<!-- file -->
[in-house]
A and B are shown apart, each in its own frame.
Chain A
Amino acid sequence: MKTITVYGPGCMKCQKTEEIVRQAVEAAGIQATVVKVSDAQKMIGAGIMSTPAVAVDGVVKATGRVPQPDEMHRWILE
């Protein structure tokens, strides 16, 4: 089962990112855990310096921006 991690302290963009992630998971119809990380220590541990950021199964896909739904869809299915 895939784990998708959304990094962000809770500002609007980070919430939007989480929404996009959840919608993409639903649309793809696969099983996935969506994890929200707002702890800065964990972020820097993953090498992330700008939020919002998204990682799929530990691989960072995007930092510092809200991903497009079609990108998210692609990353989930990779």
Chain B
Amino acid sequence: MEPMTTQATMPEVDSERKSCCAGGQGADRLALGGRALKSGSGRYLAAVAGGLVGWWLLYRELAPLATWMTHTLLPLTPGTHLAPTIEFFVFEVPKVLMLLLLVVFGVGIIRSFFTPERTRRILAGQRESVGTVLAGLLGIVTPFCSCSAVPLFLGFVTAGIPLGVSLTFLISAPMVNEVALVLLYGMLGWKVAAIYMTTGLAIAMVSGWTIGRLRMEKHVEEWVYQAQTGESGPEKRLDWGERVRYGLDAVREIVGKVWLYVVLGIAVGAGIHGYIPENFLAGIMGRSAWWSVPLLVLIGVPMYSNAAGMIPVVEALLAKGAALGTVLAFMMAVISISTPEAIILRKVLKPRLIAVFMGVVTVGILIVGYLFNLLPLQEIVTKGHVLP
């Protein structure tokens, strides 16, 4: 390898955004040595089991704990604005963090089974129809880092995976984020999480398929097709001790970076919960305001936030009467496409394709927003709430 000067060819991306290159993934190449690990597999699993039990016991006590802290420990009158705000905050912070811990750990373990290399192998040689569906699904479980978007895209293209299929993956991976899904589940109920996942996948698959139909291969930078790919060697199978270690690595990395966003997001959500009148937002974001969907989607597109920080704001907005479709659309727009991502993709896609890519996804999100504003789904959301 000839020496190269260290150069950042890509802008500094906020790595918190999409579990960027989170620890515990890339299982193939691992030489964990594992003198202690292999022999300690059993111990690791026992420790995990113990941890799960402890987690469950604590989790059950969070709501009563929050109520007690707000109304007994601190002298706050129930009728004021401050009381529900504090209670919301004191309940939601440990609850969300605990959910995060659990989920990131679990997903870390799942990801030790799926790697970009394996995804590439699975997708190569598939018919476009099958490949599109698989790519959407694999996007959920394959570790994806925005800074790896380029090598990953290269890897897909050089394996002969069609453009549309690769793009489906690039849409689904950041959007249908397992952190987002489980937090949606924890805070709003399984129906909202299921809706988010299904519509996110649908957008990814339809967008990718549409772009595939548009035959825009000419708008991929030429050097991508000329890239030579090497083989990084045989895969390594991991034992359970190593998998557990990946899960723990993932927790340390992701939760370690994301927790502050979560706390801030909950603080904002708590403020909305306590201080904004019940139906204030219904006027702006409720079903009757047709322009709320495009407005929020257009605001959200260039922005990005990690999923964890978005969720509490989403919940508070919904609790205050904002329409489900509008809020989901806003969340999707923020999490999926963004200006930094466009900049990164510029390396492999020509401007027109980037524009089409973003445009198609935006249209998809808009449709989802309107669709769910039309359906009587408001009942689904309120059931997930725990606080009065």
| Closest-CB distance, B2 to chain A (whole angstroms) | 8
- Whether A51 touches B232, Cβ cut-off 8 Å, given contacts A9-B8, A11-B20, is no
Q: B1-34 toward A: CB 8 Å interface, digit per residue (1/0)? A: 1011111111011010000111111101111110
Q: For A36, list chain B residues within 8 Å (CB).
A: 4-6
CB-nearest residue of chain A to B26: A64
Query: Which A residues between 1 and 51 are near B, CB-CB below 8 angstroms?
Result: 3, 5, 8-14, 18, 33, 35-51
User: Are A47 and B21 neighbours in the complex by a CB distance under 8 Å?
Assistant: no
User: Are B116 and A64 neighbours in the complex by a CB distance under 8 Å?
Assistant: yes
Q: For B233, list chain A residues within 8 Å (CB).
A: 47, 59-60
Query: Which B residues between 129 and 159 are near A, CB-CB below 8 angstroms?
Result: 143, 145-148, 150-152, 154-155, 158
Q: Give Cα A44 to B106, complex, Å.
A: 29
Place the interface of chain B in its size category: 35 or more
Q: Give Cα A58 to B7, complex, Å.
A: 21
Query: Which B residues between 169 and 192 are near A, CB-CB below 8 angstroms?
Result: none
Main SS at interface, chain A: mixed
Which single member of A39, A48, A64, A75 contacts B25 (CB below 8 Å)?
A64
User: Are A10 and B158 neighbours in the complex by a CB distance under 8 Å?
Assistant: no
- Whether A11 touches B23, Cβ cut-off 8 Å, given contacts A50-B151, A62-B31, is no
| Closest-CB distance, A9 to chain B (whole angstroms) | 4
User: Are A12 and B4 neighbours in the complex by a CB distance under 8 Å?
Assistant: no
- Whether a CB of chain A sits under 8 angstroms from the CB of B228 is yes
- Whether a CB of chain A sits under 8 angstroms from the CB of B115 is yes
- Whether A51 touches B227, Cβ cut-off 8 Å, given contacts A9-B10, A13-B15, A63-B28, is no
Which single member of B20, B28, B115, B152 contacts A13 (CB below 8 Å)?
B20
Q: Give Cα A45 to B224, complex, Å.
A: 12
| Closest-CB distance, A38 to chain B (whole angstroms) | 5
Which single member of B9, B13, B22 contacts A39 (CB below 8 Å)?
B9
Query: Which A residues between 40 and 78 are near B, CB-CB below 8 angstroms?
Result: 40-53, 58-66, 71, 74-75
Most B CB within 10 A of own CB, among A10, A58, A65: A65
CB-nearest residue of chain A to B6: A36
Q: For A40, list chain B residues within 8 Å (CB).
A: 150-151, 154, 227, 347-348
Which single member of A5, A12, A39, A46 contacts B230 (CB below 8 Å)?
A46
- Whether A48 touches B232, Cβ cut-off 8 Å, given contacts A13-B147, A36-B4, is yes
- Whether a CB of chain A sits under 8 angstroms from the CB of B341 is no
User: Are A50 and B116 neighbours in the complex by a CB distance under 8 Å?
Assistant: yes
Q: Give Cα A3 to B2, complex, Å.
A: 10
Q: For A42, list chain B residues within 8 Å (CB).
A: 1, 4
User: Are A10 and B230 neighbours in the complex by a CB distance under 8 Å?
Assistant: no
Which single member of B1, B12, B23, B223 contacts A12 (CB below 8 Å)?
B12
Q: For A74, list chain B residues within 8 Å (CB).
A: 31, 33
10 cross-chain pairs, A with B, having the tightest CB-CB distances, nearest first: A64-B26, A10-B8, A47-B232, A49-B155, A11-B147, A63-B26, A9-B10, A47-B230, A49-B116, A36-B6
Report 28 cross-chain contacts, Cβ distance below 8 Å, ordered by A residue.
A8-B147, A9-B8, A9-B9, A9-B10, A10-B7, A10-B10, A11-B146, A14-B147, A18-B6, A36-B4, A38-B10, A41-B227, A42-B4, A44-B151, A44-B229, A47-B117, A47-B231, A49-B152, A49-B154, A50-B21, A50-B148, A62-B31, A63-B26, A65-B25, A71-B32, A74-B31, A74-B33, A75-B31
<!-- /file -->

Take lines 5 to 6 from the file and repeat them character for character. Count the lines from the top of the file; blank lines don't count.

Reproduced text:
């Protein structure tokens, strides 16, 4: 089962990112855990310096921006 991690302290963009992630998971119809990380220590541990950021199964896909739904869809299915 895939784990998708959304990094962000809770500002609007980070919430939007989480929404996009959840919608993409639903649309793809696969099983996935969506994890929200707002702890800065964990972020820097993953090498992330700008939020919002998204990682799929530990691989960072995007930092510092809200991903497009079609990108998210692609990353989930990779």
Chain B